Even legendary composer and lyricist Stephen Sondheim is on board, throwing his support behind a Broadway Senior version of Into the Woods that was done at human services center Lenox Hill Neighborhood House in New York City earlier this year.

For Juniper, the Broadway Senior initiative is helping to drive a larger evolution.

The company is known for its Connect4Life model of integrated health services, which leverages partnerships as well as in-house capabilities to provide wraparound resident care. A similar approach can and should be taken to resident programming, Katzmann believes.

Doing so demands not only more robust relationships with partner organizations but a change in mindset, she said: Activities should not be provided “for” someone in senior living, but should be generated by their interests and curated to engage them.

“What it means practically is that rather than just finding out about someone’s background, we talk with them and their families about organizations that they had a meaningful participation or role in, and we go out to these organizations and reestablish those connections in relation to programming,” she said. “We start bringing people together.”

Already, Juniper has elicited interest from a variety of interested partners in arts programming as well as in health and wellness offerings. Groups that offer fitness classes and similar services to the community at large are willing to come on-site to Juniper — not just with tailored offerings for seniors, but also bringing their existing participants of all ages with them.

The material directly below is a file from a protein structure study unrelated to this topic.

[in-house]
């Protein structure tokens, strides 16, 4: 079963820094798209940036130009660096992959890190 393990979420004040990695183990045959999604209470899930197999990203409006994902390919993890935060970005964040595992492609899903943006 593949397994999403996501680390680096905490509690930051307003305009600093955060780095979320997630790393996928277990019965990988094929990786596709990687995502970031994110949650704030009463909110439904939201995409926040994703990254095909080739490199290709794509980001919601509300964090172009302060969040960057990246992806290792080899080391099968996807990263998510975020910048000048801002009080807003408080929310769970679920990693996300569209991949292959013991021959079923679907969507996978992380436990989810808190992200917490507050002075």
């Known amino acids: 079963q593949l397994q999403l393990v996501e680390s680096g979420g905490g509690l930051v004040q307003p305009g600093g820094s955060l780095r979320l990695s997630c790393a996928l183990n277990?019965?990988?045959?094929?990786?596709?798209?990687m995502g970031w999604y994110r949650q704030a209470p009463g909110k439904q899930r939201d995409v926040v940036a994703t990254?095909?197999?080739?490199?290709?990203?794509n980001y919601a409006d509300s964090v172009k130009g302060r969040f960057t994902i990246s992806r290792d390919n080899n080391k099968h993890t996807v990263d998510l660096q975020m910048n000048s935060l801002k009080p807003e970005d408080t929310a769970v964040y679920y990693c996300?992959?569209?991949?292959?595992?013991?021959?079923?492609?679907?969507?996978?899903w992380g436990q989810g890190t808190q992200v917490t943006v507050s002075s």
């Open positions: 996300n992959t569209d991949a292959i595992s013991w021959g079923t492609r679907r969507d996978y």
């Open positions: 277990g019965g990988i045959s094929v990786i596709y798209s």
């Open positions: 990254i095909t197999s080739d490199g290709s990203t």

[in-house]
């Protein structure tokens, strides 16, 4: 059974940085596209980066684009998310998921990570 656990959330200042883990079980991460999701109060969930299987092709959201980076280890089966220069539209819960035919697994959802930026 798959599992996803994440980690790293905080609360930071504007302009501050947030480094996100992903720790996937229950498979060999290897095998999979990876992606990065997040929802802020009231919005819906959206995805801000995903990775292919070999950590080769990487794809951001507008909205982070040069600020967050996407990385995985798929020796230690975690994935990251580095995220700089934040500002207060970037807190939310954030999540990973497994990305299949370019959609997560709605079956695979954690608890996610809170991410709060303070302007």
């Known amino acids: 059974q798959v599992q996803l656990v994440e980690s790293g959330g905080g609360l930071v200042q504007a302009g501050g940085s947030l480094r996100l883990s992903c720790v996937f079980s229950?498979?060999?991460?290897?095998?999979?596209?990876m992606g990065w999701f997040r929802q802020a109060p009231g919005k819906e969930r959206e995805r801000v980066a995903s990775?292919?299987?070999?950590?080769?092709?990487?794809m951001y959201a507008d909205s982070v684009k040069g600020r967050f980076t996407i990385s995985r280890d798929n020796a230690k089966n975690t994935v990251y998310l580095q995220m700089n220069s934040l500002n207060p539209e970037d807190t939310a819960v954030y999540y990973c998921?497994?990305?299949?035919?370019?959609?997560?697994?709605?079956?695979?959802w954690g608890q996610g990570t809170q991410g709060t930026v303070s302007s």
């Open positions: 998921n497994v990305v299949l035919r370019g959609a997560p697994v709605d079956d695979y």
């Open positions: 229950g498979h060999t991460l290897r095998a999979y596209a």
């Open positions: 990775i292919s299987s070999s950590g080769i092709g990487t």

The result is an intergenerational environment, which is increasingly sought by prospective residents.

As it did with Connect4Life on the care side, Katzmann anticipates that Juniper will come up with a brand identity for its new programming approach. For the moment, she is thinking of it as the “perennial experience,” although no official branding has been determined.

“This program helped us to change how we think about what we do in senior living and the opportunities that we give our residents,” Kensinger said of Broadway Senior. “One of the [resident] quotes that stuck with me was, ‘I want people to know that we’re still here, and we still want to do things, and we still can do things.’”